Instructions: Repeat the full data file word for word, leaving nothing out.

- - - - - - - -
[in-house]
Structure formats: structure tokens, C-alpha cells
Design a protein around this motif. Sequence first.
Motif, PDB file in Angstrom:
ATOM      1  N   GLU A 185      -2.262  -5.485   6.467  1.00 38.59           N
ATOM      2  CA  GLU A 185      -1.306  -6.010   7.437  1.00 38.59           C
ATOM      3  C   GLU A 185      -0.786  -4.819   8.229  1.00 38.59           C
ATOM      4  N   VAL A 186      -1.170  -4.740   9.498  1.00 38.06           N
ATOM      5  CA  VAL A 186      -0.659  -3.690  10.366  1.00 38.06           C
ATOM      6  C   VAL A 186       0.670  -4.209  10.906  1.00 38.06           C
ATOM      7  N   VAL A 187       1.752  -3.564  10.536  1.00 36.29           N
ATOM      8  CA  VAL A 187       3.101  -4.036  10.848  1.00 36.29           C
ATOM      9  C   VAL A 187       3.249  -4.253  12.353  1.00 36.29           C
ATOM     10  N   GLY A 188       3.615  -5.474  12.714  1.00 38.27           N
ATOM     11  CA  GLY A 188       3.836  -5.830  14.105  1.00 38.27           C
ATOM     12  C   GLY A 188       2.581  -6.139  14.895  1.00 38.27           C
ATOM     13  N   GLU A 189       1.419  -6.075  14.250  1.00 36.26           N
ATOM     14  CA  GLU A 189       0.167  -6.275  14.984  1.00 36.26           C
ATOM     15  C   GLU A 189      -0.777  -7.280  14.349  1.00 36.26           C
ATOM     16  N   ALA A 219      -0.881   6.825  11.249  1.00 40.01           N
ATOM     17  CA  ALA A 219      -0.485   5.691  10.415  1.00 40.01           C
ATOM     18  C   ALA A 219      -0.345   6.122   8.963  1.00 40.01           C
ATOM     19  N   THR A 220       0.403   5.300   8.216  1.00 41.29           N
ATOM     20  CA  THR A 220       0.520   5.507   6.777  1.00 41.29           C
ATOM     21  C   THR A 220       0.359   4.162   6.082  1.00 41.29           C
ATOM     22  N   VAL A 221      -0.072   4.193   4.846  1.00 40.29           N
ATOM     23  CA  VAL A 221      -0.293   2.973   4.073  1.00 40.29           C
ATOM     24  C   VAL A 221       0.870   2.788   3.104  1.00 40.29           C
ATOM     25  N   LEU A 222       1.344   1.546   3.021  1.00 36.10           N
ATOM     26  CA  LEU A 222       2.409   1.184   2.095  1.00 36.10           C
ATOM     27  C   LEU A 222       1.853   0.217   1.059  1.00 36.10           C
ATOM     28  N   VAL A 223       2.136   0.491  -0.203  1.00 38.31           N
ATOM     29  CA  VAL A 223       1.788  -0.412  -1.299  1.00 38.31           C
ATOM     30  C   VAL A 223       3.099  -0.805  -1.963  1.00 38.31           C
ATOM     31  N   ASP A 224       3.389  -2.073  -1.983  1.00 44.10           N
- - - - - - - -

[in-house]
Structure formats: structure tokens, C-alpha cells
Design a protein around this motif. Sequence first.
Motif, PDB file in Angstrom:
ATOM      1  N   GLU A 185      -2.262  -5.485   6.467  1.00 38.59           N
ATOM      2  CA  GLU A 185      -1.306  -6.010   7.437  1.00 38.59           C
ATOM      3  C   GLU A 185      -0.786  -4.819   8.229  1.00 38.59           C
ATOM      4  N   VAL A 186      -1.170  -4.740   9.498  1.00 38.06           N
ATOM      5  CA  VAL A 186      -0.659  -3.690  10.366  1.00 38.06           C
ATOM      6  C   VAL A 186       0.670  -4.209  10.906  1.00 38.06           C
ATOM      7  N   VAL A 187       1.752  -3.564  10.536  1.00 36.29           N
ATOM      8  CA  VAL A 187       3.101  -4.036  10.848  1.00 36.29           C
ATOM      9  C   VAL A 187       3.249  -4.253  12.353  1.00 36.29           C
ATOM     10  N   GLY A 188       3.615  -5.474  12.714  1.00 38.27           N
ATOM     11  CA  GLY A 188       3.836  -5.830  14.105  1.00 38.27           C
ATOM     12  C   GLY A 188       2.581  -6.139  14.895  1.00 38.27           C
ATOM     13  N   GLU A 189       1.419  -6.075  14.250  1.00 36.26           N
ATOM     14  CA  GLU A 189       0.167  -6.275  14.984  1.00 36.26           C
ATOM     15  C   GLU A 189      -0.777  -7.280  14.349  1.00 36.26           C
ATOM     16  N   ALA A 219      -0.881   6.825  11.249  1.00 40.01           N
ATOM     17  CA  ALA A 219      -0.485   5.691  10.415  1.00 40.01           C
ATOM     18  C   ALA A 219      -0.345   6.122   8.963  1.00 40.01           C
ATOM     19  N   THR A 220       0.403   5.300   8.216  1.00 41.29           N
ATOM     20  CA  THR A 220       0.520   5.507   6.777  1.00 41.29           C
ATOM     21  C   THR A 220       0.359   4.162   6.082  1.00 41.29           C
ATOM     22  N   VAL A 221      -0.072   4.193   4.846  1.00 40.29           N
ATOM     23  CA  VAL A 221      -0.293   2.973   4.073  1.00 40.29           C
ATOM     24  C   VAL A 221       0.870   2.788   3.104  1.00 40.29           C
ATOM     25  N   LEU A 222       1.344   1.546   3.021  1.00 36.10           N
ATOM     26  CA  LEU A 222       2.409   1.184   2.095  1.00 36.10           C
ATOM     27  C   LEU A 222       1.853   0.217   1.059  1.00 36.10           C
ATOM     28  N   VAL A 223       2.136   0.491  -0.203  1.00 38.31           N
ATOM     29  CA  VAL A 223       1.788  -0.412  -1.299  1.00 38.31           C
ATOM     30  C   VAL A 223       3.099  -0.805  -1.963  1.00 38.31           C
ATOM     31  N   ASP A 224       3.389  -2.073  -1.983  1.00 44.10           N